Employers could face criminal charges for exploiting migrant workers. Photo: Daniel Norris/Unsplash
KEY POINTS …. ON WHY AUSTRALIA HAS HIGH YOUTH UNEMPLOYMENT AND UNDEREMPLOYMENT … the lack of action by the Morrison Government can only be described as contemptuous of the Australian People!
–wage theft of international students is in all work sectors of the economy
–underpayment is common in local Asian restaurants
–80% of Chinese, Korean and Spanish advertised pay rates below the minimum wage
– 2.2 million temporary migrants in Australia as at June 2019, an increase of nearly 540,000 since 2012
-the increase in temporary visas has been driven by international students; whose numbers have surged by around 250,000 over the same period
International students enslaved by own countrymen
October 21, 2019 | 21 comments
Wage theft from international students has been an enduring theme across the Australian economy over times.
Earlier this year, Alan Fels – the chair of the Migrant Workers Taskforce – described wage theft as “widespread and systematic”, and estimated that one-third of international students are being underpaid, typically by migrant employers of the same nationality:
Former consumer watchdog Allan Fels, who is leading the government’s Migrant Workers Taskforce, said he believed one-third of international students were being exploited, with an unpaid wages bill in the billions… [He estimated] up to 145,000 students on working visas are being underpaid by employers…
*Professor Fels… said workplace exploitation of overseas students was “widespread and systematic”…
*He said exploitation of international students by businesses owned by migrants from the same ethnic group was a particular problem…
The Wage Crisis in Australia – a book released last year by a group of academics – also raised concern for international students, who they claimed were vulnerable to exploitation because they “see themselves as involved in a project of ‘staggered’ or ‘multi-step’ migration”.
According to their analysis, around two-thirds of international students were paid below the minimum wage, with one-quarter earning $12/hour or less and 43% of students earning $15/hour or less.
The Grattan Institute also raised the alarm in July:
Australia is now running a predominantly low-skill migration system. People from this system form a material proportion of the younger workforce. Because of visa conditions, many of these migrants have incentives to work for less than minimum wages, and there is anecdotal evidence that many do…
It is possible that the scale of this inﬂux to the labour market is depressing wages and increasing under-employment speciﬁcally for low-skill younger workers.
With this background in mind, SBS News has published another report profiling wage theft of international students by their fellow migrant countrymen:
Jonathan said he wasn’t sure how to approach his boss about receiving minimum wage: The Feed
Jonathan is an international student [from China] who has been consistently underpaid at a series of part time jobs. He says that when he first arrived in Australia, he was offered $12 an hour so many times he assumed it was legal…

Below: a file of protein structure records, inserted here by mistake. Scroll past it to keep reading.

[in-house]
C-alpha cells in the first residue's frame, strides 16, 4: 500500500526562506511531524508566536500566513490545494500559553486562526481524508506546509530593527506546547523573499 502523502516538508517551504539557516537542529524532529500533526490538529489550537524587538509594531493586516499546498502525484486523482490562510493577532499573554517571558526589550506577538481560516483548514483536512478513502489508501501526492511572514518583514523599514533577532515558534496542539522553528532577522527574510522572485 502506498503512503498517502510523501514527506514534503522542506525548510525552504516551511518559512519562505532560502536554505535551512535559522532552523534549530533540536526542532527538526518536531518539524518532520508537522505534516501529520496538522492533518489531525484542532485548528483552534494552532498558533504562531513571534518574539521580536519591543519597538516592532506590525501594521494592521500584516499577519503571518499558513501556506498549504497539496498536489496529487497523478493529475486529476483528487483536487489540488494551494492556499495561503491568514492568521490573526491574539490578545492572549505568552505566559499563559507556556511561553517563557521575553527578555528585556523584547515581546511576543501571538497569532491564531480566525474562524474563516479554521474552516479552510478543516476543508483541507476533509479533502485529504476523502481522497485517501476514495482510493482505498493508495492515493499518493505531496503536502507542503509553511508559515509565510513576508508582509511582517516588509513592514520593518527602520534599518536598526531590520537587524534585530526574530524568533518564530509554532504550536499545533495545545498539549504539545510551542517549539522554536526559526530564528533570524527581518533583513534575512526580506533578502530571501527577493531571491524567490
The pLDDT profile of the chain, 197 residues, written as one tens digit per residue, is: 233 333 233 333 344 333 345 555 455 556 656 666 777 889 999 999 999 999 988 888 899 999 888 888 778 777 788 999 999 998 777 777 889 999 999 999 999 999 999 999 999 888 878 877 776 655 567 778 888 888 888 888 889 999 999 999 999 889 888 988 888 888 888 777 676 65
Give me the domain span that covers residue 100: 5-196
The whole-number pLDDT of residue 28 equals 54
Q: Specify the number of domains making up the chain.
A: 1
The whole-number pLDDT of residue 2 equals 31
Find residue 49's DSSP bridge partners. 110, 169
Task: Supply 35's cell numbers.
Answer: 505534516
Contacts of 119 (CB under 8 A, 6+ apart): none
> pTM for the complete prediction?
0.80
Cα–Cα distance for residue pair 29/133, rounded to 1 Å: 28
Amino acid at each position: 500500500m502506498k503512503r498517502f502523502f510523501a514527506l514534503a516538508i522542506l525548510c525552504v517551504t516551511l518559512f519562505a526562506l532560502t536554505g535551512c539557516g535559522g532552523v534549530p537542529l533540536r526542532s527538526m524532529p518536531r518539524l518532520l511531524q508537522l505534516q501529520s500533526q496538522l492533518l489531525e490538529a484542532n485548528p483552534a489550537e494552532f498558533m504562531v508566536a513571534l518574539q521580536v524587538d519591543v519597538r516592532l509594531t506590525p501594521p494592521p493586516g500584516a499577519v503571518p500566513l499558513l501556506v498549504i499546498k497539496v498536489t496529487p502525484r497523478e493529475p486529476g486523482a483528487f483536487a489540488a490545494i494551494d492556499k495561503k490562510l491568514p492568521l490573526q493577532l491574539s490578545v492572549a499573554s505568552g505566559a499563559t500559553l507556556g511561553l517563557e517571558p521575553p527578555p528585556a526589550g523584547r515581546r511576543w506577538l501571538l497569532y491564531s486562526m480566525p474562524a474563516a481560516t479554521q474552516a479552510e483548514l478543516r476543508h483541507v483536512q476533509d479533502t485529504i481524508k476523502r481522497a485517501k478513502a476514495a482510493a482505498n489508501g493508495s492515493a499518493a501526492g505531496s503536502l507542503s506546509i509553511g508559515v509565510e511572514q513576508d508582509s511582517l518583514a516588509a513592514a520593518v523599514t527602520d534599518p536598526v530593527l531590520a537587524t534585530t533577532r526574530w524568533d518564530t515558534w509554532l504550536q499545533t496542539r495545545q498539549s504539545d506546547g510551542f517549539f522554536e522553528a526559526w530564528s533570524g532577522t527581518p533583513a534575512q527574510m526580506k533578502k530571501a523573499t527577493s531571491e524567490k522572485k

“There was a small supermarket owned by a Chinese couple – they told me that they could pay me $12, and they said that’s the average,” Jonathan said…
Young workers and workers from a migrant background are particularly vulnerable to workplace exploitation: The Feed
Jonathan didn’t end up taking that job, because around the same time he got a better offer — a Chinese restaurant offered to pay him $14.50 an hour instead…
It was only much later that Jonathan learnt that $14.50 an hour isn’t that great…
*He says underpayment is ‘a common thing’ in local Asian restaurants.
“So when it happens to me, I wouldn’t complain that much because, you know, at least I’m working. At least I’m getting money from this place”…
For international students, finding a part-time job that pays minimum wage can be surprisingly tough…
*“It is all too common,” Migrant Workers Centre director Matt Kunkel told The Feed. “We see it everywhere. We see in all sectors of the economy.”
*The video attached to the article is well worth watching. It shows Jonathan applying for around half a dozen jobs at Chinese-run businesses, all of which offered an average pay of $12 per hour – well below the minimum wage. The report also claims that 80% of Chinese, Korean and Spanish advertised pay rates were below the minimum wage.
Another temporary migrant from Korea is also interviewed who reveals that she has been underpaid in every job she has had while living in Australia.
*According to the Department of Home Affairs, there were around 2.2 million temporary migrants in Australia as at June 2019, an increase of nearly 540,000 since 2012:
*As shown above, this increase in temporary visas has been driven by international students, whose numbers have surged by around 250,000 over the same period.
*To be honest, it is not only international students but the entire mass immigration model that is driving wage theft and exploitation. Specifically:
- students, visa holders, tourists all work well below the minimum wage while they hope to qualify for longer-terms visas; and
- their numbers grow endlessly, and so too does the overcapacity in the labour market.
*The result is that virtually every sector of the Australian economy has been flooded with cheap migrant labour, thus eroding worker bargaining power, industrial relations standards, and facilitating wage theft.
Australia’s chronic low wage growth will not be solved until the mass immigration rort is closed.
A restaurant offers to pay Jonathan below the minimum wage